The 's Theory Of Attachment Essay

807 Words Oct 10th, 2015 4 Pages
Nowadays, one of the most accepted views regarding a child’s emotional tie to his caregiver as an evolved response that promotes survival is the ethological theory of attachment. This theory was first introduced by John Bowlby, who argued that the quality of attachment to the caregiver has deep and crucial implications for the child’s emotions, especially those feelings which relate to security and to the capacity to form trusting relationships. Moreover, it was Bowlby’s belief that infants, like the young of other animal species, are endowed with a set of built in behaviors which keep the parents close by in order to protect the infant from danger, while providing support for exploring and adapting to the environment. The contact with the parental figure also ensures that the baby will be fed, although this is not the basis for the development of attachment. It was Bowlby’s opinion that attachment is better explained as the evolutionary context in which the survival of the species is the main goal.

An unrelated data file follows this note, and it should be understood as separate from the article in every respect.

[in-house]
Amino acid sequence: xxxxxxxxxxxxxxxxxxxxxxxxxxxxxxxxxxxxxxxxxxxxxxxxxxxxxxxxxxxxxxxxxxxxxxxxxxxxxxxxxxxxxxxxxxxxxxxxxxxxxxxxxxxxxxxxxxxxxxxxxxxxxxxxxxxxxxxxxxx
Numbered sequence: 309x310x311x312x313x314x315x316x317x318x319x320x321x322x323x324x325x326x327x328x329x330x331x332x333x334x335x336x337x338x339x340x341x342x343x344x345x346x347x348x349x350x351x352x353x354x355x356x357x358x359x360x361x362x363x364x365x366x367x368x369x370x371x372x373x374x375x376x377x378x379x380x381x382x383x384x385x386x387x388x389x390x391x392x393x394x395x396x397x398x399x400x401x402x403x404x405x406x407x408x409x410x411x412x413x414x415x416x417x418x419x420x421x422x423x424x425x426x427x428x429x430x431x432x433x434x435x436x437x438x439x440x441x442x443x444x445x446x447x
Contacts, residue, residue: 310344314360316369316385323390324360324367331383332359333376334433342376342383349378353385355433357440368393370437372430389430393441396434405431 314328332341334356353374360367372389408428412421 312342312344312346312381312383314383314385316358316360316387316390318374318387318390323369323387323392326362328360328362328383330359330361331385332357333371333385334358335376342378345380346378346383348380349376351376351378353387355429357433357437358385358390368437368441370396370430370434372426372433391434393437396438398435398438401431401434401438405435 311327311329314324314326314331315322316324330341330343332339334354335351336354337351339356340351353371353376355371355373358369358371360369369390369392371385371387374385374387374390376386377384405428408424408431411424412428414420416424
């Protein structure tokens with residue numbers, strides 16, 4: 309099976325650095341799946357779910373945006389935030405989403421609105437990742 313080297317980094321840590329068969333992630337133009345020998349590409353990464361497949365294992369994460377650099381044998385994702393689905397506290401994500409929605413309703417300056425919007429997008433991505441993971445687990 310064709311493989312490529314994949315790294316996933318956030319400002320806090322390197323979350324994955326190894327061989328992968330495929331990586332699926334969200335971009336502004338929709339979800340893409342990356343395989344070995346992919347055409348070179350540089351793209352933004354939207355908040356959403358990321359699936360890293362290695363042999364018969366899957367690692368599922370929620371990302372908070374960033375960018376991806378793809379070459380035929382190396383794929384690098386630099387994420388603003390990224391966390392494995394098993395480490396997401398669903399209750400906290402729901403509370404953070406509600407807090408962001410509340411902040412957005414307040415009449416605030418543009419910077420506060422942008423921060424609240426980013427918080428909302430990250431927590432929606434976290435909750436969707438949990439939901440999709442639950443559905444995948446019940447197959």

In Bowlby’s theory, the infant/parent relationship begins as a set of innate signals that call the adult to the child’s side. With the passing of time, real forms of affection are developed, which are in turn supported by new cognitive and emotional capacities. He states that attachment develops in four critical phases. The first phase is the pre-attachment phase, which last from birth to 6 weeks. Among the built in signals that bring newborn babies in contact with other…

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